Generally speaking, I want to beat Big Pharma with a stick. I've no personal reason to feel that way. In my vast history of patient-being, I've never had a particularly negative pharma experience—what's been prescribed has worked with no real side effects save for some fatigue and nausea here and there. Smart patients don't just swallow their pills. They research, learn the side effects and interactions ahead of time, and discuss with their doctors the impacts. Moreover these patients see Big Pharma's advertising and drug reps not as sources of education but as shill. The perception of pharma matters not which pharma company because it is of all pharma companies.
I'd heard rumor that there were pharma guys in attendance at the Partnership for Patients conference in Kansas City, MO. I was distrustful but curious, so it was between sessions that I caught Jerry's ear. Nothing about Jerry fit my pre-conceived notion of Big Pharma. He had a liberal arts degree—A LIBERAL ARTS DEGREE! And thus my curiosity got the better of me, so I joined him, his cohorts, and a small group of my fellow patients in a discussion about the clinical trials process. Jerry made introductions and explained the concept behind the Clinical Open Innovation team. How strange, this pharma group wanting to listen to patients! And indeed they did listen, not as Big Pharma (because frankly I still doubt that Big Pharma is capable of listening) but as humans. So I did something that I don't tend to do. I decided to trust, and specifically I decided to trust Jerry.
Patient advocates work in a troubled environment. We need acknowledgement and help from the very system we are trying to change. As a result, and as a result of human fallibility, patient advocates thus end up in relationships in which they are bought or simply used. At least those advocates who are bought, receive compensation for their work, while those who are used fall prey to flattery: I respect your opinion, now hawk my product. I recently had such an experience in which an app developer with an extensive Ivy League education continually asked me to "spread the word" about his app. I asked him to delineate exactly what he meant by "spread the word," as my time increasingly was limited and I was being forced to choose among projects that would or would not have a clear benefit for me. I asserted my worth—as an advocate, as a patient, as a person—and he suddenly stopped interacting with me.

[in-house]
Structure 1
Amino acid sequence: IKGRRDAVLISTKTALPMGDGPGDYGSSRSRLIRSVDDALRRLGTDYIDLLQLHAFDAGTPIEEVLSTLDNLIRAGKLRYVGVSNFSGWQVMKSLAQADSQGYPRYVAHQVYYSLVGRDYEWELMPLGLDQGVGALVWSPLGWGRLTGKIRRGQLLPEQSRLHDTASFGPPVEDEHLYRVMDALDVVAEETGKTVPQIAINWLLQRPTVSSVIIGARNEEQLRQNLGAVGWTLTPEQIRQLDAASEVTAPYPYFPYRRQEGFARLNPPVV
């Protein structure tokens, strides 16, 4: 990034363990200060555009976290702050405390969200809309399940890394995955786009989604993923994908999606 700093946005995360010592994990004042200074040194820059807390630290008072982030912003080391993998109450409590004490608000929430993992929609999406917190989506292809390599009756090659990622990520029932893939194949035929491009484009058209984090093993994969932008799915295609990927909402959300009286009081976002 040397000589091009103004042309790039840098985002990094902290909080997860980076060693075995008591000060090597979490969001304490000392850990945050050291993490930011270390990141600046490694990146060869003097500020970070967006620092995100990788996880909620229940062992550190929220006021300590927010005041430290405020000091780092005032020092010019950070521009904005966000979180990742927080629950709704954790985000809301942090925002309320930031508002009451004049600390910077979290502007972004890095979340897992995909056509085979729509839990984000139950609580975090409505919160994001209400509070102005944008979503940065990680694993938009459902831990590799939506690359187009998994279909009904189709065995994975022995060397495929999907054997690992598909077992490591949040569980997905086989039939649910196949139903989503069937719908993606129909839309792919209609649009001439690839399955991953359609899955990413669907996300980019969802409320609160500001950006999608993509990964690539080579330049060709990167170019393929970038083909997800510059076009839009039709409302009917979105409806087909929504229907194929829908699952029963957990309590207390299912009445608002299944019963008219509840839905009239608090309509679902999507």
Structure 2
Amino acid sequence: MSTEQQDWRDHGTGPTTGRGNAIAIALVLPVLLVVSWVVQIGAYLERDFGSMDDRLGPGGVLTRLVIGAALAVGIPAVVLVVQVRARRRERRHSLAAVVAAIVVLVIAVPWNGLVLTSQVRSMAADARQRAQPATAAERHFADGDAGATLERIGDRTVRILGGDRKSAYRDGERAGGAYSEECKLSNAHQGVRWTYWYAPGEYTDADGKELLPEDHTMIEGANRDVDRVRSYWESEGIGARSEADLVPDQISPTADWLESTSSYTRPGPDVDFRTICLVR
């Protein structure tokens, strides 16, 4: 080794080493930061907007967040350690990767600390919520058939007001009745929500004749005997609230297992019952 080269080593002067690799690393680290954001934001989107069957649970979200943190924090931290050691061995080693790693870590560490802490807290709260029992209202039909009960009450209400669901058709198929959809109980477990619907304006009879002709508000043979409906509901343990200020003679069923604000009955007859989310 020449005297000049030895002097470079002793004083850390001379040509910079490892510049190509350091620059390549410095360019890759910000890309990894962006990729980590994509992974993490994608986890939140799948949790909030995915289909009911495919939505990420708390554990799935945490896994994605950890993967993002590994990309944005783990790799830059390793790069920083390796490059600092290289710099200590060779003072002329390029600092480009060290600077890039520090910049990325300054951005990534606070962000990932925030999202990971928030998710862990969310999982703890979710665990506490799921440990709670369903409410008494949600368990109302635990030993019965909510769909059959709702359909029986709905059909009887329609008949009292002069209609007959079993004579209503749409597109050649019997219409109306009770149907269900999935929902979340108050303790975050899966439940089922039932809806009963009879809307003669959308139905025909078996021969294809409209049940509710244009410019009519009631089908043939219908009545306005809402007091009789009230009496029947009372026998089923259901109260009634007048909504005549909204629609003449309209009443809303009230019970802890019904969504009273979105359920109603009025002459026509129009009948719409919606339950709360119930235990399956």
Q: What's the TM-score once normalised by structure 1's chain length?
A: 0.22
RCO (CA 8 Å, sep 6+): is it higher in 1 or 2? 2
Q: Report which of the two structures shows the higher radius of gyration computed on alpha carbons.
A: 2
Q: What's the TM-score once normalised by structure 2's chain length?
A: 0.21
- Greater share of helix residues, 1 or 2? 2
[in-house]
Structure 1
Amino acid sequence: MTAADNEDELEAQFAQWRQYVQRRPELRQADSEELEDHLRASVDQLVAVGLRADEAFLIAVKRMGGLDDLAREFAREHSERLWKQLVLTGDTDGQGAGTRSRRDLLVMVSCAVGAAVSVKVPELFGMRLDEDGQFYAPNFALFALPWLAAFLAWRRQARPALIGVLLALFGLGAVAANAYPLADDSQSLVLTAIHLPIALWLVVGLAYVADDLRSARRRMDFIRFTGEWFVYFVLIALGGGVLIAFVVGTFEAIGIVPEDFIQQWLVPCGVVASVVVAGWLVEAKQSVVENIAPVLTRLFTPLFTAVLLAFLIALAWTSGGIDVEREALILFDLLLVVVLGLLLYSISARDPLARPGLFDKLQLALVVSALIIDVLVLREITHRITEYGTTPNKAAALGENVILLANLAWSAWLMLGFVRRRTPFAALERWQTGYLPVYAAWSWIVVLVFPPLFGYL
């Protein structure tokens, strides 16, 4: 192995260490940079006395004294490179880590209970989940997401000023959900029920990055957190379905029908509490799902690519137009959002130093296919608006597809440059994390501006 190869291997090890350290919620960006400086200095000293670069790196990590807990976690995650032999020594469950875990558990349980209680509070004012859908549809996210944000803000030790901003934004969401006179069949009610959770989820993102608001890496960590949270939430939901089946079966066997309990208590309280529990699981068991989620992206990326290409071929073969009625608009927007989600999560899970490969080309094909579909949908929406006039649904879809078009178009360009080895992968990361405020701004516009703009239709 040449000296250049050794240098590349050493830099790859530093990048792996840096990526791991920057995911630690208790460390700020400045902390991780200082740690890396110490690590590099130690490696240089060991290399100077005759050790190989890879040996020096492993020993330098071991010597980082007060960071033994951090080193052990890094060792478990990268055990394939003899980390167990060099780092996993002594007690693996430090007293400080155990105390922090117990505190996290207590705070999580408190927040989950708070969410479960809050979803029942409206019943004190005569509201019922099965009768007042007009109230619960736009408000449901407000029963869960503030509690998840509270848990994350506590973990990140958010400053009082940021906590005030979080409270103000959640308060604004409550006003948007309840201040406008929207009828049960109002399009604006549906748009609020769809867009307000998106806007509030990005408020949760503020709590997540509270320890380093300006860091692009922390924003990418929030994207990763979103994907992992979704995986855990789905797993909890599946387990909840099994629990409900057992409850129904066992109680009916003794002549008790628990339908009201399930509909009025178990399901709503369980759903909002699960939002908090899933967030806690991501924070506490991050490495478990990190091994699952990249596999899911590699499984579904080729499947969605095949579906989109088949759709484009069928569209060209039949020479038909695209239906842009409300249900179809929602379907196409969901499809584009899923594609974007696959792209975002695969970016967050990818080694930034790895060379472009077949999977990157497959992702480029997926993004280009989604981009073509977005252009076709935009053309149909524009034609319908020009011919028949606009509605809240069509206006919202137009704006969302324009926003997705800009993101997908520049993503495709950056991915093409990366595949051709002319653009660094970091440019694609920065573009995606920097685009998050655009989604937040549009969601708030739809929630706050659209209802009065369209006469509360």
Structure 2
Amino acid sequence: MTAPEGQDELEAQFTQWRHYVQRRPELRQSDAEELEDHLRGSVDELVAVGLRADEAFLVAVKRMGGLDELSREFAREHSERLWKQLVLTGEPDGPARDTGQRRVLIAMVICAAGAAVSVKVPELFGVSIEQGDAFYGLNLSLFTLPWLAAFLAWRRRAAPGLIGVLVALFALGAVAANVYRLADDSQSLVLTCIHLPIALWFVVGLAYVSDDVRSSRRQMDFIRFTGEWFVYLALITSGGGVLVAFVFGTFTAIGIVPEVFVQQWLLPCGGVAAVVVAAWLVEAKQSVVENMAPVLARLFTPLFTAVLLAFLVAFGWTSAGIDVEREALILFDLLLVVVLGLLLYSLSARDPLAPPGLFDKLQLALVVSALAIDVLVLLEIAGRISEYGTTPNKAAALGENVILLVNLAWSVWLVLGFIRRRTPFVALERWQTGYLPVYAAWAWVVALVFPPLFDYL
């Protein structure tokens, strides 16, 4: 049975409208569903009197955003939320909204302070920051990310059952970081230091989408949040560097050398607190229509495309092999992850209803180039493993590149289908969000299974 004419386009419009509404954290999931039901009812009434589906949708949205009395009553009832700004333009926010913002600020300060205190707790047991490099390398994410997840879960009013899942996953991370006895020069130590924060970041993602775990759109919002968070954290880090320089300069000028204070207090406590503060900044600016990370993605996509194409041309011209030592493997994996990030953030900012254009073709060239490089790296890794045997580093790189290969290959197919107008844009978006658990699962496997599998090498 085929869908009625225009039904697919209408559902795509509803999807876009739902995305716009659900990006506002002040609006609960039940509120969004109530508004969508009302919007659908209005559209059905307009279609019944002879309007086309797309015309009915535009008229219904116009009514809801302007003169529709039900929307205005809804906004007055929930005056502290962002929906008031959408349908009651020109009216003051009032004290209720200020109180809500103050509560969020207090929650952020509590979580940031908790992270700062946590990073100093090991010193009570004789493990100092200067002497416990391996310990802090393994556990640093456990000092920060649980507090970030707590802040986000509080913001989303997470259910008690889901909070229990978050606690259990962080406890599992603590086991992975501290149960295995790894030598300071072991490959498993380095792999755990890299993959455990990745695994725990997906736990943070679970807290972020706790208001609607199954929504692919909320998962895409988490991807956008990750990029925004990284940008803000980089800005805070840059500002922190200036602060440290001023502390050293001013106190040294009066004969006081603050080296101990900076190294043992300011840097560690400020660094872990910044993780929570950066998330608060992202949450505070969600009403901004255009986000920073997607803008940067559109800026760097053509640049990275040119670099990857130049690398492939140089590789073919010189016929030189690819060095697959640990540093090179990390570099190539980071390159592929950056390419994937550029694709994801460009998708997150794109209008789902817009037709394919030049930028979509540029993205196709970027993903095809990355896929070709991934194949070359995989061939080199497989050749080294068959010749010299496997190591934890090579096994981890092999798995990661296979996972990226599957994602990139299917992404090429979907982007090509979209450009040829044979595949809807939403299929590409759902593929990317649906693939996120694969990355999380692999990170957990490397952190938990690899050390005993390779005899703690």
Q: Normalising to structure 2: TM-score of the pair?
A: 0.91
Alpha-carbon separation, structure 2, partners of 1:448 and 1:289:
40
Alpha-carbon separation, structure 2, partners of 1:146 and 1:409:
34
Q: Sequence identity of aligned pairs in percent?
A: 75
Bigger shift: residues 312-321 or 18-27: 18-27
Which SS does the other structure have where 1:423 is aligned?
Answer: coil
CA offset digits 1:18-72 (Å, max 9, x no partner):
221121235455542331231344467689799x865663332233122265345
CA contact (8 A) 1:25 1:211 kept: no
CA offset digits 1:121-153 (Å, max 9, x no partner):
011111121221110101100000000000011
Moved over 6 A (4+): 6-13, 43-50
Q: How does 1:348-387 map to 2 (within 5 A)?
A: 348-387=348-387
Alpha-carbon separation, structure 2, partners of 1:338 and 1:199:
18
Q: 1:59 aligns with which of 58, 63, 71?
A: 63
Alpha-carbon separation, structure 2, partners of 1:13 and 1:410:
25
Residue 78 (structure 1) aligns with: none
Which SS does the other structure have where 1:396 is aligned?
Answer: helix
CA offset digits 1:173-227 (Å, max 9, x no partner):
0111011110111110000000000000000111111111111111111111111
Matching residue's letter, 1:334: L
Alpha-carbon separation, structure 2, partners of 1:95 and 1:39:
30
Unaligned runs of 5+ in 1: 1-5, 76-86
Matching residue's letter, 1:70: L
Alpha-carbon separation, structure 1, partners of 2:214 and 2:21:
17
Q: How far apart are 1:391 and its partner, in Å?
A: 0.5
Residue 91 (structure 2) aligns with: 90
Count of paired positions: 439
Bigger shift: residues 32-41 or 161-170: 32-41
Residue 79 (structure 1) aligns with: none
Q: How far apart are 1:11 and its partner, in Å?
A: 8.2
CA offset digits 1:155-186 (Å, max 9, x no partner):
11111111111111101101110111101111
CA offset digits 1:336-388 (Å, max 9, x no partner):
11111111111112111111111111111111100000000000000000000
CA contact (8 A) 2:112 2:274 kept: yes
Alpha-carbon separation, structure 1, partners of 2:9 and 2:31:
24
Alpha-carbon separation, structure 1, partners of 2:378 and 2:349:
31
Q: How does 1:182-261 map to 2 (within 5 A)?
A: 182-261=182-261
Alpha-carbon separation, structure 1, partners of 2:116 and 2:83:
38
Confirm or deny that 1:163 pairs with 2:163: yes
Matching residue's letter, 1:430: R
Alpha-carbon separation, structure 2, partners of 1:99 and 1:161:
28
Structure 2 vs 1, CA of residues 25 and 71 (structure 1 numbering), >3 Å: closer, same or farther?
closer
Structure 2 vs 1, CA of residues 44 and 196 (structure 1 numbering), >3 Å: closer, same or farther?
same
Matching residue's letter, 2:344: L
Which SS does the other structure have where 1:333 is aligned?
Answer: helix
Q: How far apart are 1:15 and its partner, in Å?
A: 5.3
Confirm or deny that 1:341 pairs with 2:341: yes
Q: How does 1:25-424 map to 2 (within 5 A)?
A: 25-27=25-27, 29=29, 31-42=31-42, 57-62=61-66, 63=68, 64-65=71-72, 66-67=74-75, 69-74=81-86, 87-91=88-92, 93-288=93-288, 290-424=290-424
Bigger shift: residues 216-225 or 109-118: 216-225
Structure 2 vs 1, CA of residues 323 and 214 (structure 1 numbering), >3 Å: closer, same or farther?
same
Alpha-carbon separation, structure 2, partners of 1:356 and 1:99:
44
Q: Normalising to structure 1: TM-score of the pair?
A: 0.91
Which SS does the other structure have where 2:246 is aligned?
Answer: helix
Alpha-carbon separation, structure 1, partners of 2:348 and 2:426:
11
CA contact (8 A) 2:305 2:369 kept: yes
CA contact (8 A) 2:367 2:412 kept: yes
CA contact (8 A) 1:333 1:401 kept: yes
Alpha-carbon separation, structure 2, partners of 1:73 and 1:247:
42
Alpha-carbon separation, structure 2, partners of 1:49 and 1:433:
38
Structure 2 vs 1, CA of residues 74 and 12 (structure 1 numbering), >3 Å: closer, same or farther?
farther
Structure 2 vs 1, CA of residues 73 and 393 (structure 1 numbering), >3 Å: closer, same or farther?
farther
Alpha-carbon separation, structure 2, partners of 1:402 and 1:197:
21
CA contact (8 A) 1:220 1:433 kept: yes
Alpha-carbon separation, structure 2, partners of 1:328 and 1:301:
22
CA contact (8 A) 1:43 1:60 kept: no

However, Jerry always has been respectful of my time and energy. In the year that followed after meeting Jerry, he continued to reach out, and each interaction bore his continuity of authenticity. He went out of his way to maintain contact and ensure that my voice was being heard. We didn't talk Eli Lilly. We talked patients. My trust never was disappointed, instead it continued to grow as Jerry bought in to my own mission with Medicine X—a conference about medicine and emerging technologies held at Stanford University—and recruited company employees to attend what I billed as the most transformative medical conference in existence. It was a joy to plunder through MedX's Flickr stream from the IDEO Design Challenge to find a picture of Jerry in a wig, acting a part in a skit demonstrating the patient-centered solution to a patient-generated problem his team had helped devise. He was not only in, he was all in, so as plans developed to bring patients to Eli Lilly's headquarters, I too was all in.
Though my opinion of Eli Lilly had shifted, I was nonetheless keenly aware of my role in infiltrating the belly of the beast as I pushed through the revolving glass door at the company's headquarters in Indianapolis. Company headquarters say so much about corporate values. Instead of shiny black marble and self-congratulatory monuments, natural light, real plants, straight lines, and colorful but natural tones characterized the building. We convened in a perfectly normal room—no pomp, no excess, no board room tables or over-stuffed office chairs—and as comfortable as it all seemed, it continued to be. There were three times as many Eli Lilly employees as patients, an indication not of our exclusion but of the perceived value of our inclusion. In making their introductions, company employees shared more than a name and a title. They shared of themselves, and then they too, as Jerry had done time and time again, listened, and they asked questions, and they listened some more. What’s more is that through some miracle of persistence and possible soul selling to the corporate legal department, we patients were allowed to share our experience in real time via Twitter such that even more people were drawn into the conversation about how to make clinical trials more patient-friendly.
On one hand, I don’t know what we achieved. We didn’t solve the world’s problems when it comes to getting more patients involved in research and making research findings more open and accessible to the public. However, according to a blog post from Eli Lilly’s Clinical Open Innovation team—a post Jerry authored—there will be more workshops like the one I attended, workshops that rely on collaboration to improve the process.
Too many relationships within healthcare are adversarial. By classifying friends and enemies, we add bricks to the very silos we are attempting to break down. While it is inevitable that our goals will not always align, we must open ourselves to conversations that discover likenesses while exploring ways to resolve our differences.